Playing cards have been travelling from Spain to South American colonies ever since Christopher Columbus. In 1531 Francisco Pizarro, a Spanish soldier, set sail from Panama with 180 men and 37 horses to conquer Peru for its gold. Huge amounts of silver were extracted from Peruvian mines during the 16th and 17th centuries and shipped back to Spain. At the same time gambling increased. Indeed, archaeological excavations in the Lower Rimac Valley near Lima have unearthed dice and fragments of 16th century Spanish playing cards made in Seville. Thus Peru was supplied with playing cards manufactured in Spain since the 16th century.
Sheets of playing cards were already being produced and sold in Peru by the mid-sixteenth century, but in 1553 their production was prohibited. The first printing press in Peru appeared in 1594, primarily for the purpose of printing Christian doctrine to support evangelism. Others soon followed and output was controlled by the Spanish crown to guard against subversive doctrines. Most of the images were religious and produced in Spain following fashions and tastes of the day. Ornaments include double-tailed mermaids, fish, semi-humans, demons, dragons, etc. At some point local woodcutters or engravers were employed; by 1618 an accusation was made that Francisco del Canto had made counterfeit playing-cards. Clandestine playing card industry was established at an early date.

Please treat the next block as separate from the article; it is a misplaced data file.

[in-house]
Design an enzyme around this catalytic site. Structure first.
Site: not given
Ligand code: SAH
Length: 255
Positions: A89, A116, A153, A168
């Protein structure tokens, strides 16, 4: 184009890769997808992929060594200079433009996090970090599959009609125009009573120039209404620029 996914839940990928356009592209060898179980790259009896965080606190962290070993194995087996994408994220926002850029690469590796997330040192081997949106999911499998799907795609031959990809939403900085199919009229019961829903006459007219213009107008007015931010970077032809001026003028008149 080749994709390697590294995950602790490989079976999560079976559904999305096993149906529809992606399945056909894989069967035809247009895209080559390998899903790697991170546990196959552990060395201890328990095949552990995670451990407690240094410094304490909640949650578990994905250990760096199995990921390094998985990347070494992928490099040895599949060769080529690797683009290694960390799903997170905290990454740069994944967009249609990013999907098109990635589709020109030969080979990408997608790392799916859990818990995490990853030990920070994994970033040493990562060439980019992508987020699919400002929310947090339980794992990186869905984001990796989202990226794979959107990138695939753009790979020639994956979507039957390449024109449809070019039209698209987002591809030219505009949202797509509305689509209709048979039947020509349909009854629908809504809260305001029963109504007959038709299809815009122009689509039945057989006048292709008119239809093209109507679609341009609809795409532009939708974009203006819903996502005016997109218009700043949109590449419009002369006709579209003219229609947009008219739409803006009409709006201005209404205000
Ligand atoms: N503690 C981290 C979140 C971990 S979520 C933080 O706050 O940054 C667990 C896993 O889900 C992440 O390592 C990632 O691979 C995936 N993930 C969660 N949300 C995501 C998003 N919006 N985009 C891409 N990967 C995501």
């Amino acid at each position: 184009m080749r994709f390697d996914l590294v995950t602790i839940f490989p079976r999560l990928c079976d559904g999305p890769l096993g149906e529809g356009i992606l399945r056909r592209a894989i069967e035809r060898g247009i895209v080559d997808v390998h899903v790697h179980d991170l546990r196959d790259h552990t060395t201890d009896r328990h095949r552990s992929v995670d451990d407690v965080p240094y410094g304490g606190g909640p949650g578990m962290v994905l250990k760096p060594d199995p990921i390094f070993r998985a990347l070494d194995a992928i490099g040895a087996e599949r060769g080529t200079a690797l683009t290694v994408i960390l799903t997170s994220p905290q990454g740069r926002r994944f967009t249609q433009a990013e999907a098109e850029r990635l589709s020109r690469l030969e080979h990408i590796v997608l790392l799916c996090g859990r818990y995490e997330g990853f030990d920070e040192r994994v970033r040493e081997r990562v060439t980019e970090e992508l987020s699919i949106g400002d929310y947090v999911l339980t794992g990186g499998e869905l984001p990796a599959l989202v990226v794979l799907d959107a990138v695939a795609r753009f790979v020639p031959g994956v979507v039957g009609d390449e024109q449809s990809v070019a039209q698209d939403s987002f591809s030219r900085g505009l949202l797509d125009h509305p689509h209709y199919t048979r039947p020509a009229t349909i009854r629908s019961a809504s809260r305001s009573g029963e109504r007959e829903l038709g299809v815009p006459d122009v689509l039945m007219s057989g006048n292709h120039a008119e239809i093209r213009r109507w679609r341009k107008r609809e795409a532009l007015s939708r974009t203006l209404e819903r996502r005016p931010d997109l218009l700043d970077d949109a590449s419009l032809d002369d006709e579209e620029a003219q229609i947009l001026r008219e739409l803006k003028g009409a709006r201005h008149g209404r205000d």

The Spanish Cadiz pattern has been used in Peru since before 1900 and has become a sort of Peruvian National Pattern. The Castilian and Catalan patterns are seldom seen. For many years foreign-made cards were imported, including those made for the Estanco de Naipes del Perú, until Peruvian printers began to produce their own.
The Estanco de Naipes del Perú was first established in 1781 and administered by Spanish authorities as a sort of monopoly. Cards were produced in Spain at the Real Fábrica de Macharaviaya. Subsequently the Estanco was devolved to the Peruvian Congress who controlled the playing cards industry until the Estanco de Naipes was finally abolished in 1967.
A number of Peruvian tobacco companies produced collectible insert cards and playing cards to promote their cigarette brands during the late 19th century and early 1900s, many of which are finely lithographed by local printers. In addition there has been a small output of locally-produced packs. Local printers who also produced playing cards include: Color & Trazos ¦ Imprenta Lecaros ¦ Jan Mer S.A.C. ¦ Litográfica del Perú ¦ Litografía Fabbri ¦ Litografía Goicochea Hnos, S.A. ¦ Naipes y Casinos ¦ OBD, S.A. ¦ Offset Cecil S.A. ¦ Pavias ¦ Power Casinos ¦ Zandrox Producciones.